It’s interesting to note the different way folks talk about climate change and what their age is. The younger the person, the more disappointed they are that we are not doing more. There are basic changes the Cape Cod Commission can make to its Regional Policy Plan that would help. New construction can be consistent with environmental protection. More use of pervious pavement when pavement is needed or reconstructed. Re-examination of any utility lines that cross over Rte 6 must be a priority. Just 2 years ago, Route 6 was closed after a microburst storm took lines down and the “evacuation route” of 6A was closed due to flooding at the same time. We were trapped.
The “Green New Deal” is a resolution we should all be talking about. Most of the goals are laudable and our future depends on achieving them.
I support efforts to bring all 15 Cape Cod towns up to the 10% minimum level of affordable housing. At this point, only 2, Orleans and Provincetown are close. The cause is pretty easy to understand. Housing became unaffordable for the working class on the Cape a long time ago. This fundamental problem is common in coastal communities all along the United States ocean front. We are not exempt. Cape Cod is a wonderful place to live or own a second home. But the cost of living is high. Mortgage interest is deductible for a second home, and folks can rent out the property when they aren’t here. If you wish to see an income diverse population of year-rounders living on the Cape, and I sure do, for a myriad of reasons, we must get more support behind the creation of year-round affordable housing units .
Take a look at this data from the state. Only 2 of our 15 towns are near the 10% target, Provincetown and Orleans. This is not acceptable.
Barnstable County Subsidized Housing Inventory, 2017
|Town||2017 SHI Units||% of Total|
As for solutions, this is one problem where you need to throw everything including the kitchen sink at it. Often times, location is a big sticking point in Towns, so that discussion should happen first. Identify areas of each town where folks agree should be for housing . and then bring the developers in. Build consensus.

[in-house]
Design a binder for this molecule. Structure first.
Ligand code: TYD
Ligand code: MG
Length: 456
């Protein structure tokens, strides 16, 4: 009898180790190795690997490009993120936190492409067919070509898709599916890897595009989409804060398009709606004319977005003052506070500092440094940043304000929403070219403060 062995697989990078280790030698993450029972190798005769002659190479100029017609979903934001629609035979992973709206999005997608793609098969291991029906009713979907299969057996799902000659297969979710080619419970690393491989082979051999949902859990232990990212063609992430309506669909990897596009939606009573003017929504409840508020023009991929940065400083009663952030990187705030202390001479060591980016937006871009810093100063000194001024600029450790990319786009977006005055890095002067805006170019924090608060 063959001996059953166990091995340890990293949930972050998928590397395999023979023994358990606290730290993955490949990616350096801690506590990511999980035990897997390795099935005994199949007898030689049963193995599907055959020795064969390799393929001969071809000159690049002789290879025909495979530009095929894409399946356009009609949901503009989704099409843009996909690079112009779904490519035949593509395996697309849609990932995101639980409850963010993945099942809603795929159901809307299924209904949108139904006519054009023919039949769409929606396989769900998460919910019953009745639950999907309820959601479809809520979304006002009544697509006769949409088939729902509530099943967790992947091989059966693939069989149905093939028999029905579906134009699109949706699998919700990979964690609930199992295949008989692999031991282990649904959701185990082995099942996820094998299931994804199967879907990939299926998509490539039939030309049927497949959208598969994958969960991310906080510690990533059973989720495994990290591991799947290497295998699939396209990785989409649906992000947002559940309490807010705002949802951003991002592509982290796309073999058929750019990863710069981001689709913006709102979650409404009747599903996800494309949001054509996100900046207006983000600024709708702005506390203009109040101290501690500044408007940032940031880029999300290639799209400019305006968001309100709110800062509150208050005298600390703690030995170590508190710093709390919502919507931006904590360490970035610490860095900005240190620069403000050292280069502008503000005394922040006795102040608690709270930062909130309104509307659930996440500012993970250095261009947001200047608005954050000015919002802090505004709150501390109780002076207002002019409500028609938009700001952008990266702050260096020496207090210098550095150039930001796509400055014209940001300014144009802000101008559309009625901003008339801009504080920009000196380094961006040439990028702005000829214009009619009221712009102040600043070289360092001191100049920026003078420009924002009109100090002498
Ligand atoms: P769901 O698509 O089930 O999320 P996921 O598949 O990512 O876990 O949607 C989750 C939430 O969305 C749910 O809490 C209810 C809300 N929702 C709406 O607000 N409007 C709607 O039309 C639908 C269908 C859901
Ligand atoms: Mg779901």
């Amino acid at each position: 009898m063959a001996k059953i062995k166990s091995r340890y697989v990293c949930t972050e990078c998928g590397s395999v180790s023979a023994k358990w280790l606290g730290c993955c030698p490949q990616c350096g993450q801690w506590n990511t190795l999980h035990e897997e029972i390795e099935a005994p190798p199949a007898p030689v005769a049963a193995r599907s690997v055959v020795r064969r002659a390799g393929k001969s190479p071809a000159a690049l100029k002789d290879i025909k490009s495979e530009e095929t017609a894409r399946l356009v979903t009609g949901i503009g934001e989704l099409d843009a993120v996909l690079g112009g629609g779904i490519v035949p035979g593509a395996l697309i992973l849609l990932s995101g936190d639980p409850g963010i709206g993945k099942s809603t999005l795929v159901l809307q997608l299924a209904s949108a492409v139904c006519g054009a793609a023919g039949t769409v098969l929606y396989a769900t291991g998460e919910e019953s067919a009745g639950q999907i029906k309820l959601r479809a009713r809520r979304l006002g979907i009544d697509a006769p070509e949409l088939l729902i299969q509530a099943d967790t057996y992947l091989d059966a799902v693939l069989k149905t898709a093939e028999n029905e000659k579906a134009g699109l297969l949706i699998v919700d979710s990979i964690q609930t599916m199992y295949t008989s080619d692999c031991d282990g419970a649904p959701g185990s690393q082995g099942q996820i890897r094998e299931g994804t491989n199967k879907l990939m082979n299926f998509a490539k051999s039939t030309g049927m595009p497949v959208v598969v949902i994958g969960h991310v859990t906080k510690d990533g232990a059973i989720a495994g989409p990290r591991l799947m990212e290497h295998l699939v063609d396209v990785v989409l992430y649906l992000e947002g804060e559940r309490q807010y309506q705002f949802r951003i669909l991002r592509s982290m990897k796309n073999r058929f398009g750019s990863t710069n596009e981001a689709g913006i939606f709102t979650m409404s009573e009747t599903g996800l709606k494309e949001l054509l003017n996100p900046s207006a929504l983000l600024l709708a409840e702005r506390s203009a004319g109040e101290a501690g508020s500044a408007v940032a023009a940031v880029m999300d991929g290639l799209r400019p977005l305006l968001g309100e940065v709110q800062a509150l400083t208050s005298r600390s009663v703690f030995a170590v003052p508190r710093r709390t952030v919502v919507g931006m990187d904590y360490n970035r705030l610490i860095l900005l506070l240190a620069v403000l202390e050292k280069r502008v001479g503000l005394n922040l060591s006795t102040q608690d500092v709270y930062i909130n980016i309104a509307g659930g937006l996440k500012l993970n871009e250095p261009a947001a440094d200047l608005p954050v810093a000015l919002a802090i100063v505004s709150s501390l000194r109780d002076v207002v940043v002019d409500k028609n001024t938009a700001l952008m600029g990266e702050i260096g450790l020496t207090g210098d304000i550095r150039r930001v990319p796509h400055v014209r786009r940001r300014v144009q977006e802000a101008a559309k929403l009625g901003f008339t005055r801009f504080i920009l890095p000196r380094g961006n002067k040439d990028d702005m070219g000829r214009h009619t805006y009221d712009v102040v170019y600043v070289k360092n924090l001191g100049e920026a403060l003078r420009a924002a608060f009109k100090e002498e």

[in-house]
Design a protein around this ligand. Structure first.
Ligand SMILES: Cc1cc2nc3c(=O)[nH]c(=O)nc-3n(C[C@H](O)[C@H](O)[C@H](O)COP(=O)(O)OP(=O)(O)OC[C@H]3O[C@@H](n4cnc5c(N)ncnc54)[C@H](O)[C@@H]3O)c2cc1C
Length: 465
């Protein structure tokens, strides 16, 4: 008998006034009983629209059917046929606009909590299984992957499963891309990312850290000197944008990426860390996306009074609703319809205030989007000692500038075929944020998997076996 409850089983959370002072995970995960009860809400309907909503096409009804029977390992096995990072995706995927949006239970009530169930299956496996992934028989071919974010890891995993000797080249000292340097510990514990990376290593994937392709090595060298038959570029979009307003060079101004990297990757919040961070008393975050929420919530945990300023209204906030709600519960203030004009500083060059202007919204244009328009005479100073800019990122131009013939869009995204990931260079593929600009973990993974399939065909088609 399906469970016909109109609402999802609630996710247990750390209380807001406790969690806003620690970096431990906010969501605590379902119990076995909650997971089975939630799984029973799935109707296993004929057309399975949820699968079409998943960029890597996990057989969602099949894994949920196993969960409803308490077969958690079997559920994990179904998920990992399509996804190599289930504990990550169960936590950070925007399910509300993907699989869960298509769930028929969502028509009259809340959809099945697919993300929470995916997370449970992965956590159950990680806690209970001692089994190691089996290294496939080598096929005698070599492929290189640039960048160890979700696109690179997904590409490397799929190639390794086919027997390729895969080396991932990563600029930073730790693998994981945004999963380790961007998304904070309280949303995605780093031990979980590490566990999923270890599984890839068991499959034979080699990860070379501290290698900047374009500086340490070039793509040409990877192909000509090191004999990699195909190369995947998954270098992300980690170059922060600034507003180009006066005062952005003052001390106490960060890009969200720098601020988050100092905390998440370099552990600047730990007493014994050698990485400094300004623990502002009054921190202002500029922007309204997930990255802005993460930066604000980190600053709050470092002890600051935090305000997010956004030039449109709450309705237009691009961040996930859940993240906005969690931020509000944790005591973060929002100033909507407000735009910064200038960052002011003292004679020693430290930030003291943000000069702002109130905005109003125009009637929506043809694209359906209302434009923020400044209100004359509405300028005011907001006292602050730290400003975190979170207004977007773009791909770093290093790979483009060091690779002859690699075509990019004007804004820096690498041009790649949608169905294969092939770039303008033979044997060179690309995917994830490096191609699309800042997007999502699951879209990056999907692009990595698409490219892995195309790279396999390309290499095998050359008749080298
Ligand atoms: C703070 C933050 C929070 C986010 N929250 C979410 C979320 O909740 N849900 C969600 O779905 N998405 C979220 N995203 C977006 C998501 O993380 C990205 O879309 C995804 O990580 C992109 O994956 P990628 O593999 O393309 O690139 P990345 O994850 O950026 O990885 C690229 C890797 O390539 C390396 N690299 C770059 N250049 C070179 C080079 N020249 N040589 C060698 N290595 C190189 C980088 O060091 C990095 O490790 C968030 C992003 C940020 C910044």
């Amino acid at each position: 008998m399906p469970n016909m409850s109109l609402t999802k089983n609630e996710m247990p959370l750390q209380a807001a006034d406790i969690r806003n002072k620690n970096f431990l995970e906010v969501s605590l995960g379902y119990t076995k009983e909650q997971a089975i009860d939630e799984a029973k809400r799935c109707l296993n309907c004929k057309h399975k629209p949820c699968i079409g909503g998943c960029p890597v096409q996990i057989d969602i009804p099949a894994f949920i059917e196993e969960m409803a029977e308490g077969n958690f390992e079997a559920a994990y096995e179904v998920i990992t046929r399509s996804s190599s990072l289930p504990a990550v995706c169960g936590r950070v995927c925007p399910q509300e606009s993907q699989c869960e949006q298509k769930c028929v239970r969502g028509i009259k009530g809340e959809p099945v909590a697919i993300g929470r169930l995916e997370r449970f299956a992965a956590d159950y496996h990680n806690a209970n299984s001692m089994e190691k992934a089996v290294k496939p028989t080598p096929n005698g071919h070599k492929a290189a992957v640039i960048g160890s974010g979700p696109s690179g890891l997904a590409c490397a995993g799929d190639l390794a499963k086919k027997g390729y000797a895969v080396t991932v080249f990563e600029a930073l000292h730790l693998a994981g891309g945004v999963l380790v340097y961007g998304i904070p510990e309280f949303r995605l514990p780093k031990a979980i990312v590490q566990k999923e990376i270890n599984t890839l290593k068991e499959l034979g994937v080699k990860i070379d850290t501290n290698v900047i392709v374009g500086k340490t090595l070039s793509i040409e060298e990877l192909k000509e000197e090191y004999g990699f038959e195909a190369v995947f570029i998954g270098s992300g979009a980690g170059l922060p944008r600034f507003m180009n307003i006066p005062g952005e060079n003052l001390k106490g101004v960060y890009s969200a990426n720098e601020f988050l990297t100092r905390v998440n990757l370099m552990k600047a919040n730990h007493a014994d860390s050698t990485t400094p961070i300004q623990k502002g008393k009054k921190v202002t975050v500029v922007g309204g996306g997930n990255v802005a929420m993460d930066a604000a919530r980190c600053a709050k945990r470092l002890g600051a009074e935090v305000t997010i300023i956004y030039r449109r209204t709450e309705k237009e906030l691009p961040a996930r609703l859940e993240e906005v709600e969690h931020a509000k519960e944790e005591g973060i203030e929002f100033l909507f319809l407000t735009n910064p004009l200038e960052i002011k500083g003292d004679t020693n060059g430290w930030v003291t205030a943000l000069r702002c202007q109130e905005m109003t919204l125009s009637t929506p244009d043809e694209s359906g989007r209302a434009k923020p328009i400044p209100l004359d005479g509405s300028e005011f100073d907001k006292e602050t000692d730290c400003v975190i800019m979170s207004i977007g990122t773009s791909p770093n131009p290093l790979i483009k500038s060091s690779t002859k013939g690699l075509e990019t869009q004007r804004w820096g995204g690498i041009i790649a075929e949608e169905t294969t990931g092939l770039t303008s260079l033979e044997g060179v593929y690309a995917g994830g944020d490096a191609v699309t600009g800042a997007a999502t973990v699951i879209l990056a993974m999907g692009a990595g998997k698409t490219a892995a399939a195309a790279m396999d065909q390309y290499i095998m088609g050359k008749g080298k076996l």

Water Quality & Wastewater Treatment
Every citizen deserves clean drinking water. The County has worked with the Towns for many years to support local and regional solutions to wastewater issues. The solutions are not one-size-fits all. We must be clear that without controls, sewering can lead to unwanted growth . We don’t have an endless supply of drinking water. Living within our means is important. Sewering is also very expensive, and can add to the burden on a working family trying to afford to live here. On-site septic systems will continue to be part of the mix of solutions. Water ontaminants often happen because of pesticide use, pharmaceutical use and flushing of products down a toilet. Well head protection zones must be respected and protected as the most important land area in each town.
Balance. It’s always about balance. Wind & solar energy can and must be a greater proportion of our energy supply. At the same time, appropriate location is critical for quality of life issues. The work of the Cape Light Compact and the Cape and Vineyard Electric Co-operative are notable for their achievements. With new leadership at the Federal Level, projects like Vineyard Wind will receive prompt support. Off shore is where wind generation is. Energy conservation and reduction in use must be a critical part of the discussion.
Unfortunately, one side effect of the current pandemic will likely be an increase in substance abuse and the problems that accompany it. Treatment, not incarceration, should be our focus. Massachusetts needs more beds for in-house treatment. Emotional support for our friends in crisis is critical.
The Pilgrim Nuclear Power Station
I was asked to comment on the current closure plan. It is still unacceptable. That site was never constructed to house and safely maintain the spent fuel that is there. Our Federal and State Legislators MUST keep a close eye on this situation. The NRC has let us all down. And we are at risk.
Much has been said about restructuring County Government. Unfortunately, the conversation has not been productive. Proponents of a restructure have not provided adequate explanation as to why a drastic restructuring would be worth the effort. What is the goal? I believe in a bicameral structure and I support having each town have a voice at the decision making table. The current charter gives a great deal of power to the County Commissioners. Do they need…more? I believe this is a great conversation to have but in our current dire health and economic situation, a better approach would be to focus on amending the County Charter to include a recall provision. All elected officials should serve at the pleasure of the voters. A recall provision should be job one. Anything less is unacceptable.